History

The first thing to address if you’re going to start talking about the history of Metro and Georgetown is the old canard about why Georgetown doesn’t have a station in the first place. The story goes that in the 1960’s a bunch of rich Georgetowners didn’t want hordes of minorities coming into their neighborhood on the Metro so they successfully petitioned WMATA to nix any plans for a stop. This telling of this story chugs along year-after-year because it fits in with the negative stereotype of a Georgetown resident: rich, racist, and well-connected. Unfortunately for the storytellers, it’s fiction.

George Mason professor Zachary Schrag tracked down the true story of why there’s no Georgetown stop. In his definitive history of the building of the Metro “The Great Society Subway“, Schrag writes that while there was some opposition to the building of metro stop in Georgetown from the residents, the engineers never seriously considered building one there. The grade from the Potomac up to M St. was too steep. Moreover, plenty of neighborhoods across the city were not too excited about a metro stop coming into their neighborhood, but it wasn’t out of racism or xenophobia. It was out of a fear of the disruption to business that construction would bring. Indeed many stores in areas like U St. and Clarendonwere knocked out of business due to Metro construction.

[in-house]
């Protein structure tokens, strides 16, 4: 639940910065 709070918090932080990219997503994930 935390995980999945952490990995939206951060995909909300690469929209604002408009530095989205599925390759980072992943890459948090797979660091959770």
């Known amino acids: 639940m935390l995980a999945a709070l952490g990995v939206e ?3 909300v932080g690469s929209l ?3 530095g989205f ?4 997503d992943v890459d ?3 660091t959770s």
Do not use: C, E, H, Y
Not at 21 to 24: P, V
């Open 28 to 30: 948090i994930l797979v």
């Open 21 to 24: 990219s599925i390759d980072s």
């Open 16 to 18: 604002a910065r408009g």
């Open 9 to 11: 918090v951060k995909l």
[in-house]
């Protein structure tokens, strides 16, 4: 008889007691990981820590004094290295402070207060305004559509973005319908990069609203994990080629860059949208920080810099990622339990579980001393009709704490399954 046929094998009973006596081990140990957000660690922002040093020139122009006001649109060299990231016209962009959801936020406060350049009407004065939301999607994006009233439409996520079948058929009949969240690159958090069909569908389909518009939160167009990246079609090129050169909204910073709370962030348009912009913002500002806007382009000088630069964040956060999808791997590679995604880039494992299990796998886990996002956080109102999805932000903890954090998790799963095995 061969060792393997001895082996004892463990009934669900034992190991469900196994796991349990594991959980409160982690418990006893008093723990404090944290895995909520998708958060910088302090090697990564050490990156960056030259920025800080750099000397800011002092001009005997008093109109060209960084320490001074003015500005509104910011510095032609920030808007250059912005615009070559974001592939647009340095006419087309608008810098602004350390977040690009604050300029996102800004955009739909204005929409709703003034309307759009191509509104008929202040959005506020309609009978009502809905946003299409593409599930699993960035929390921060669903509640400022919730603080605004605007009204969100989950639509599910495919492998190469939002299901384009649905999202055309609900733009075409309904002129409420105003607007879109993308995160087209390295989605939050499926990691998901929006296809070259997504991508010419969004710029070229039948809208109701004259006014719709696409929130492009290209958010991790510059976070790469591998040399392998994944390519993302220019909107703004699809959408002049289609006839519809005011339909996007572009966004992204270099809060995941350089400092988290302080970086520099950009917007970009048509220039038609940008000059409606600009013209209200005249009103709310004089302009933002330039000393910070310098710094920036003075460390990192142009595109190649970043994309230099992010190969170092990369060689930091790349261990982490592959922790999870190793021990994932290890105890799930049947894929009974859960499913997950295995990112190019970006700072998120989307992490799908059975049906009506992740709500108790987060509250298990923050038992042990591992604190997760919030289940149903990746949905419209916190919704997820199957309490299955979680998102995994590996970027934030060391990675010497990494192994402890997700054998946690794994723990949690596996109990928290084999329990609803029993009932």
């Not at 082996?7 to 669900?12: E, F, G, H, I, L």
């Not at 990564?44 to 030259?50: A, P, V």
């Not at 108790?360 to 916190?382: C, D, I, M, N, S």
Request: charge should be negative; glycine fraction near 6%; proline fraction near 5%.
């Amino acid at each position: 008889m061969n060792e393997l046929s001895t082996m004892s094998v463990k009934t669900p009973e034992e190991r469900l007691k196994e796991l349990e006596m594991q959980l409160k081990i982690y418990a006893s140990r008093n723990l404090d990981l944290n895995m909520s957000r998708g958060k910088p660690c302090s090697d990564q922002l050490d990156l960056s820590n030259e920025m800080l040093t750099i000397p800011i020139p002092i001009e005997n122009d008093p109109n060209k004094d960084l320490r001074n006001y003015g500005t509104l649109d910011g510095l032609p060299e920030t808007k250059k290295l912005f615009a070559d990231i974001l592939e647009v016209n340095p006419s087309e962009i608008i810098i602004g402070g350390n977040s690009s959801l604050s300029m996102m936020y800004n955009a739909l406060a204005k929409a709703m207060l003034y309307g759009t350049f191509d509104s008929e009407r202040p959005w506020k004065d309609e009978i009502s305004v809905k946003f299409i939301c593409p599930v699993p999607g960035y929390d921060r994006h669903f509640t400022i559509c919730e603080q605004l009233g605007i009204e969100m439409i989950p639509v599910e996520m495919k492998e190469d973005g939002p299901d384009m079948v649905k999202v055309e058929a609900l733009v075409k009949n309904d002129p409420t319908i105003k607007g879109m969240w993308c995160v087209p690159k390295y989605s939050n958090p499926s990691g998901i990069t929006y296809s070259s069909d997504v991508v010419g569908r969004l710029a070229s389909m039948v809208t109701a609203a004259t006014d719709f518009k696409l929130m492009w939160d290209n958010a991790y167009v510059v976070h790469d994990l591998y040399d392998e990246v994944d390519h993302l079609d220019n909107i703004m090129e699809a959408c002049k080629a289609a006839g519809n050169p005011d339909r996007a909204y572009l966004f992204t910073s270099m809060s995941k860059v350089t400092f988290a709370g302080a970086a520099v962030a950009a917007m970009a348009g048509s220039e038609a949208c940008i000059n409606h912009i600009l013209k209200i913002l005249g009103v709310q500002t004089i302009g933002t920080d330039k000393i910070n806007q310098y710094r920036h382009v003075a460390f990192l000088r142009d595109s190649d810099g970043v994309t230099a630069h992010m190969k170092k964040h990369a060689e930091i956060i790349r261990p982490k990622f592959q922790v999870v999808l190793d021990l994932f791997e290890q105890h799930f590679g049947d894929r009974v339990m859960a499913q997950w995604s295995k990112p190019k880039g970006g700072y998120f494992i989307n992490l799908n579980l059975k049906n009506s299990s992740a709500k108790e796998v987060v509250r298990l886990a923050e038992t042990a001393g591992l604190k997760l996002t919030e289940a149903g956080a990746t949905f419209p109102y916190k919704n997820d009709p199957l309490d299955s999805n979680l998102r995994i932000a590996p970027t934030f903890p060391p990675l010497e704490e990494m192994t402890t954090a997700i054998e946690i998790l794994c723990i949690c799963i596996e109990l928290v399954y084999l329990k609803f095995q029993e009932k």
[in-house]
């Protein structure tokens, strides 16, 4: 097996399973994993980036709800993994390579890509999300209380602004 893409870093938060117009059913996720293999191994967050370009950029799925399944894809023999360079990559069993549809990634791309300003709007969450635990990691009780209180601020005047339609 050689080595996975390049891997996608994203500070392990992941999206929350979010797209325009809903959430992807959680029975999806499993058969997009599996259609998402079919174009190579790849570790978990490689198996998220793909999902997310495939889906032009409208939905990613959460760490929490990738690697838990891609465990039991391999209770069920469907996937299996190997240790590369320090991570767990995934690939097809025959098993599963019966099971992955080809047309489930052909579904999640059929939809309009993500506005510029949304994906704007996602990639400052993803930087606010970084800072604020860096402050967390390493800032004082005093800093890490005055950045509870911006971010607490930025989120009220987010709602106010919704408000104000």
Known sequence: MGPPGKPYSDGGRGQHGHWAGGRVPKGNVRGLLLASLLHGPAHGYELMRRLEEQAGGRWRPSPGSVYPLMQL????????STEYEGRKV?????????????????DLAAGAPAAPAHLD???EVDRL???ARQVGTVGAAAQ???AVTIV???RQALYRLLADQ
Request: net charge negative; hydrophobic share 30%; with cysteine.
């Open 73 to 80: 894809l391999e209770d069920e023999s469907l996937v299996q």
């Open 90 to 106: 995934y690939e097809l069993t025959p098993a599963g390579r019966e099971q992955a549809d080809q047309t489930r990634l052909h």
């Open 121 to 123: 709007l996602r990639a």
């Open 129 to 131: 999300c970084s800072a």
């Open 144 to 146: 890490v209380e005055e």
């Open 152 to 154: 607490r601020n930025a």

Remedying a Mistake

So that’s why we don’t have a Georgetown station, but was that our only shot? WMATA doesn’t think so. In 2001 WMATA recognized that it could not indefinitely send both the Orange and the Blue lines through the same tunnel between Rosslyn and Foggy Bottom. A new crossing would be required to handle the increase in traffic expected over the next couple decades (particularly with the addition of the Silver Line to Dulles and Loundon County). In building a new Blue line parralel and north of the Orange line, we would be afforded an opportunity to finally build a Georgetown station. The Post wrote back in 2001:

The suggested 22-mile leg, which is being called the new Blue Line, could include room for 11 new stations. Among them would be a stop in Georgetown — at M Street NW and Wisconsin Avenue — where the idea of a Metro station was shunned a generation ago but is now welcomed as a tonic for parking and traffic problems.

[It doesn’t help in stopping the urban legend when even the Washington Post keeps repeating it].